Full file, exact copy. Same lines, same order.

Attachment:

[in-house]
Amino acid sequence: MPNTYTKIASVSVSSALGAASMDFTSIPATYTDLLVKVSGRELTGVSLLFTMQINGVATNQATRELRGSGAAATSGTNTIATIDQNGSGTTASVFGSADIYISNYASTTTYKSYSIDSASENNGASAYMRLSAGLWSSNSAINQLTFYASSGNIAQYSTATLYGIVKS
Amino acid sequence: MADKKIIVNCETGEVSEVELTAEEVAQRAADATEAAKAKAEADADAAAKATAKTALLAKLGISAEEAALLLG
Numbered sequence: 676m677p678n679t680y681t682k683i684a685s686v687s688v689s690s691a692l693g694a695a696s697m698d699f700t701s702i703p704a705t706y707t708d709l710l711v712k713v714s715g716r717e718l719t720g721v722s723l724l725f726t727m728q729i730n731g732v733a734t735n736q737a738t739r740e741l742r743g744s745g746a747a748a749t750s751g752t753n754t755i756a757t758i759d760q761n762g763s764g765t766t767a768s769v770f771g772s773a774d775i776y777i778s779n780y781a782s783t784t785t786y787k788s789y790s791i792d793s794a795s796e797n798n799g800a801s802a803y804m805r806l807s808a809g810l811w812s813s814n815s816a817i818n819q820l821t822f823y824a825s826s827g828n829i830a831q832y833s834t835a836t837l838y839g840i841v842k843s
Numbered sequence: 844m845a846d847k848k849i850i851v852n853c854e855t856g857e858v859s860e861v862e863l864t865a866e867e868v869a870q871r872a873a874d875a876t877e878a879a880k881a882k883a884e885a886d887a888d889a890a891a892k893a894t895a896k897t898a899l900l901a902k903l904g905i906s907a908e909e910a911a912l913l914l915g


[in-house]
Amino acid sequence: MPNTYTKIASVSVSSALGAASMDFTSIPATYTDLLVKVSGRELTGVSLLFTMQINGVATNQATRELRGSGAAATSGTNTIATIDQNGSGTTASVFGSADIYISNYASTTTYKSYSIDSASENNGASAYMRLSAGLWSSNSAINQLTFYASSGNIAQYSTATLYGIVKS
Amino acid sequence: MADKKIIVNCETGEVSEVELTAEEVAQRAADATEAAKAKAEADADAAAKATAKTALLAKLGISAEEAALLLG
Numbered sequence: 676m677p678n679t680y681t682k683i684a685s686v687s688v689s690s691a692l693g694a695a696s697m698d699f700t701s702i703p704a705t706y707t708d709l710l711v712k713v714s715g716r717e718l719t720g721v722s723l724l725f726t727m728q729i730n731g732v733a734t735n736q737a738t739r740e741l742r743g744s745g746a747a748a749t750s751g752t753n754t755i756a757t758i759d760q761n762g763s764g765t766t767a768s769v770f771g772s773a774d775i776y777i778s779n780y781a782s783t784t785t786y787k788s789y790s791i792d793s794a795s796e797n798n799g800a801s802a803y804m805r806l807s808a809g810l811w812s813s814n815s816a817i818n819q820l821t822f823y824a825s826s827g828n829i830a831q832y833s834t835a836t837l838y839g840i841v842k843s
Numbered sequence: 844m845a846d847k848k849i850i851v852n853c854e855t856g857e858v859s860e861v862e863l864t865a866e867e868v869a870q871r872a873a874d875a876t877e878a879a880k881a882k883a884e885a886d887a888d889a890a891a892k893a894t895a896k897t898a899l900l901a902k903l904g905i906s907a908e909e910a911a912l913l914l915g